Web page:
The Bull Put Spread is a vertical spread strategy where the investor sells a higher strike price put option, shown as point B, and buys a lower strike price put option, point A, within the same expiration month. The investor will receive a premium or credit, as the higher strike price put will have more value than the lower strike price put.

bull put spread & long put spread

The investor uses this strategy if they believe the market will stay flat or trade higher. The lower put option is used as a hedge in case the market does trade lower, so the investor can cap their max loss.

Profit/Loss

The most an investor can expect to make on this trade is the credit they received. If the stock finishes above the higher strike price at expiration, the investor will achieve max profit.

The max loss can be calculated by taking the two strike prices minus the premium received. This is reached when the strike trades over the above strike price at expiration.

How To Consistency Beat the Market With Over a 90% Success Rate

Whether the market is up, down, or sideways, the Option Strategies Insider membership gives traders the power to consistently beat any market. Spend less than one hour a week and do the same.

Just click the link below to see our full presentation on exactly how we do it.

CLICK HERE TO JOIN OUR FREE WEBINAR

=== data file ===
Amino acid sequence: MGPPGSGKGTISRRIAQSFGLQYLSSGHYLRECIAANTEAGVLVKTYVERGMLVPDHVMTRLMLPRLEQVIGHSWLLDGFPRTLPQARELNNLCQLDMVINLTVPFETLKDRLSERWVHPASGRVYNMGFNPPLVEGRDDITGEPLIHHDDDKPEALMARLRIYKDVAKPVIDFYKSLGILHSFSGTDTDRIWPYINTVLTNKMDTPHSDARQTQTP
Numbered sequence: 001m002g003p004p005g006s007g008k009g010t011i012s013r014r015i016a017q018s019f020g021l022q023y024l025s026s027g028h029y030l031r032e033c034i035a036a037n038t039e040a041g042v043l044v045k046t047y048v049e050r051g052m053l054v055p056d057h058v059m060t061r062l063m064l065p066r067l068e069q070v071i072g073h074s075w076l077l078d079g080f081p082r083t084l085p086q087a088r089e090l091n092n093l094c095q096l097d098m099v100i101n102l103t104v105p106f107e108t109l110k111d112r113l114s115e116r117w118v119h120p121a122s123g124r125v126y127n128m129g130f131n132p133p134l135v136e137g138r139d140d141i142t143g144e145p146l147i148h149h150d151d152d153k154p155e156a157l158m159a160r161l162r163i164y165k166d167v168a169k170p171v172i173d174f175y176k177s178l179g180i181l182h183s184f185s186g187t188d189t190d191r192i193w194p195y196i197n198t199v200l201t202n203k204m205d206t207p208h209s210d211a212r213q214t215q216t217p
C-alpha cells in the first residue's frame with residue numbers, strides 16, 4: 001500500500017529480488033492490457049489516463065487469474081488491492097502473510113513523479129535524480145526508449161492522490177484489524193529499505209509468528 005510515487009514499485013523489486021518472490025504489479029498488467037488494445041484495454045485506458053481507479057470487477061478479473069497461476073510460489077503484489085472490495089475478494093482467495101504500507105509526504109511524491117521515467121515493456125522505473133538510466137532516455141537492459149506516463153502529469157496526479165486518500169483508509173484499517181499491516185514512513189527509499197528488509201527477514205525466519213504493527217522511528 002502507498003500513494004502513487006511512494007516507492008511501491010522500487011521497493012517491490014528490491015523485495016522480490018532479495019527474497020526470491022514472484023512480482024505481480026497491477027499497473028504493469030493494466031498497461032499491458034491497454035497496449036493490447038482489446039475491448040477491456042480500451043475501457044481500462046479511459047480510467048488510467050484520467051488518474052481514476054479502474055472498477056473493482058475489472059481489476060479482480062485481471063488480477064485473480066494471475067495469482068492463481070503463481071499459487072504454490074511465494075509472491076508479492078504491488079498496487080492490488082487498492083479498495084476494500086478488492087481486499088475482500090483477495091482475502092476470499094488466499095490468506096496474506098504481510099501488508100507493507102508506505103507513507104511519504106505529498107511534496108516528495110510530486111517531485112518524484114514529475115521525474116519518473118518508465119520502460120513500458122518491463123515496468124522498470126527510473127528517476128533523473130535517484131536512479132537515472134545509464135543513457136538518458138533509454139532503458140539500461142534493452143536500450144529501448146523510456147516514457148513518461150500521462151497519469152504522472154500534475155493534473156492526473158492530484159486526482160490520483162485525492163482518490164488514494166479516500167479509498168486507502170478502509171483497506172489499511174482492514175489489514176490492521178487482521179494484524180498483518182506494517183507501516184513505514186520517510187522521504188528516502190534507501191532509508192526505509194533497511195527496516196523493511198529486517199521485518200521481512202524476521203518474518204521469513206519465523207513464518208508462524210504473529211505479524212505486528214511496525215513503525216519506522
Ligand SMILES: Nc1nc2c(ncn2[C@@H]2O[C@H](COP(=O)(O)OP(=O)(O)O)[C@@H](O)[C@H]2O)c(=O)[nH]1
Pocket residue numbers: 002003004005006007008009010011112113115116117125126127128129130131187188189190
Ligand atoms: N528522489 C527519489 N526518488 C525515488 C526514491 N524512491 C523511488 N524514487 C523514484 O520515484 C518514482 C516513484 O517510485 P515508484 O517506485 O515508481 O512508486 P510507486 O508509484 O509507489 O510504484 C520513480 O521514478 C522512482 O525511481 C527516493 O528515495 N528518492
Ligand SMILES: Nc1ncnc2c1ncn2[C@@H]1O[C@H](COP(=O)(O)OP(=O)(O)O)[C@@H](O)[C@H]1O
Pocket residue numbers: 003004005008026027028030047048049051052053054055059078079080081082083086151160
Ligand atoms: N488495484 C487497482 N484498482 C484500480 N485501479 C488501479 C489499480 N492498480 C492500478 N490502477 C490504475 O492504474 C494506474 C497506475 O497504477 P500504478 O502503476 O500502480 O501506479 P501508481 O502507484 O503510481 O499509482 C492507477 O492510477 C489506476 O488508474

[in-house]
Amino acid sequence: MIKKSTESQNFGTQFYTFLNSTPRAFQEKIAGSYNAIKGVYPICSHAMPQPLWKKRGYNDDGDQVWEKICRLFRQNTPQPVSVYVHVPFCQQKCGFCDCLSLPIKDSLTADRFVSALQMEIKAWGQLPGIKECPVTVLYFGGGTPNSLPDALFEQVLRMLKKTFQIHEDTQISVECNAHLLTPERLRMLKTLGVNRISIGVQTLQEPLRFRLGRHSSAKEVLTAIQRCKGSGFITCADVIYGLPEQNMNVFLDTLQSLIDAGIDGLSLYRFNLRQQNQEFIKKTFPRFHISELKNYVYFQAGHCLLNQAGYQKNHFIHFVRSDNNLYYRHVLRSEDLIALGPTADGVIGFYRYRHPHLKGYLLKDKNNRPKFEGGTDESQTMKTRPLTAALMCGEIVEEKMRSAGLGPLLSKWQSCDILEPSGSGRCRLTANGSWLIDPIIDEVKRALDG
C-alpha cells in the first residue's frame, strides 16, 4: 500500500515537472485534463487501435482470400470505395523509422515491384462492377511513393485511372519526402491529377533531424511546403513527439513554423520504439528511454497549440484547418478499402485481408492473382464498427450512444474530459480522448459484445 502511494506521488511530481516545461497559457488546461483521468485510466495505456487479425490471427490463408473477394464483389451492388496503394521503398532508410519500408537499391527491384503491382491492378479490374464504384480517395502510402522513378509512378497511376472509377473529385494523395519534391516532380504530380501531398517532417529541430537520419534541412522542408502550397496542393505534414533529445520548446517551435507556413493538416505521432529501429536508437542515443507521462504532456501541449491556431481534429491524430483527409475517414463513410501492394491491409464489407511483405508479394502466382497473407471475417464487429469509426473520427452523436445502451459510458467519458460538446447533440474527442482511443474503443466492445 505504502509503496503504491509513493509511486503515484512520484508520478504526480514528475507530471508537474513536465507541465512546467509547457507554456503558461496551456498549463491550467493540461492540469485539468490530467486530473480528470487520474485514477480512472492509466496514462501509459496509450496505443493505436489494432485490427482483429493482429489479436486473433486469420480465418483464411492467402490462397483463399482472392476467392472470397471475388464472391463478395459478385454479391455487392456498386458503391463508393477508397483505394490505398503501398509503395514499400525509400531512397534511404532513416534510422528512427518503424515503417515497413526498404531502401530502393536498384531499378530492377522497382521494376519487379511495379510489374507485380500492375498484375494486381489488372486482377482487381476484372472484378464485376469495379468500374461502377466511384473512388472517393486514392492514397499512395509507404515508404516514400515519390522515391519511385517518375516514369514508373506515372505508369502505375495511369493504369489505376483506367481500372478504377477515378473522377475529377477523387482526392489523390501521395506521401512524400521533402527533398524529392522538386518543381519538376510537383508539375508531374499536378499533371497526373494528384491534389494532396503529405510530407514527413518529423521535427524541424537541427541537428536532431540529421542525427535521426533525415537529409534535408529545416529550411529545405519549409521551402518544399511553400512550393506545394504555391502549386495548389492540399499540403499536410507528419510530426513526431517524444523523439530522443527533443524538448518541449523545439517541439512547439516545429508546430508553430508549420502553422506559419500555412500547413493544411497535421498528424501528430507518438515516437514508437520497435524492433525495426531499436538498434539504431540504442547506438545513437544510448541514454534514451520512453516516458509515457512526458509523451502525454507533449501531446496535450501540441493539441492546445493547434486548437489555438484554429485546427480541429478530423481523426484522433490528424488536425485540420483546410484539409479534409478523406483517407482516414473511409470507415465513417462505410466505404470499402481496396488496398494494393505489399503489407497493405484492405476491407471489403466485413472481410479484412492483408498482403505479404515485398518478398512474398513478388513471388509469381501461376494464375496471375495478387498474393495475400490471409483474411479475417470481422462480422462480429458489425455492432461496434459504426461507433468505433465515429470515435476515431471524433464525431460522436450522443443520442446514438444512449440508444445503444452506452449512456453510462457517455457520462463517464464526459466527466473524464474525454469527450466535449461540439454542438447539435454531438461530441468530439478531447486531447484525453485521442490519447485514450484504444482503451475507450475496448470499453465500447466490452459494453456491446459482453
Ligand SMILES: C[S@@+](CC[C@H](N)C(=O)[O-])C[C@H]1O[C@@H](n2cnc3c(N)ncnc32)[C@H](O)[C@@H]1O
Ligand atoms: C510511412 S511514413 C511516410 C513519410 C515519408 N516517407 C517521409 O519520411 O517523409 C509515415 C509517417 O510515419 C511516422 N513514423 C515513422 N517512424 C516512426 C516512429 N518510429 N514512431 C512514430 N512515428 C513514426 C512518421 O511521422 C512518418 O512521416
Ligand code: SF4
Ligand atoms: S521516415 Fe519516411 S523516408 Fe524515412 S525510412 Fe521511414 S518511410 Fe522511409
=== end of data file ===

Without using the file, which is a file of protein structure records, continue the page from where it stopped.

Breakeven

The breakeven for a bull put spread is the higher strike price minus the premium received.

Breakeven = short put strike – premium received

Example

A 70-75 bull put spread valued at $2 would consist of selling a 75-strike price put and buying a 70-strike price put. Here the $2 premium would represent the max win if the stock stayed above the 75-strike price. Having a $5 wide strike width (70 -75), representing the max loss if the trade finishes below both strike prices, minus the premium received to get into the trade, in our example $2, leaving the investor with a max loss of $3.

Time decay is working for the investor if the put spread is out of the money because they want the trade to expire, allowing them to keep the full premium received. Time will be working against the investor if the vertical has both strikes in the money because they would want this trade to continue, giving them more time for the stock to rise in price.

Conclusion

This is a great strategy to use if the investor feels a stock is going higher, but not sure on their timing or wants to giving themselves a cushion in case the market moves sideways or trades down slightly.

 


Chris Douthit
Chris Douthit

Chris Douthit, MBA, CSPO, is a former professional trader for Goldman Sachs and the founder of OptionStrategiesInsider.com. His work, market predictions, and options strategies approach has been featured on NASDAQ, Seeking Alpha, Marketplace, and Hackernoon.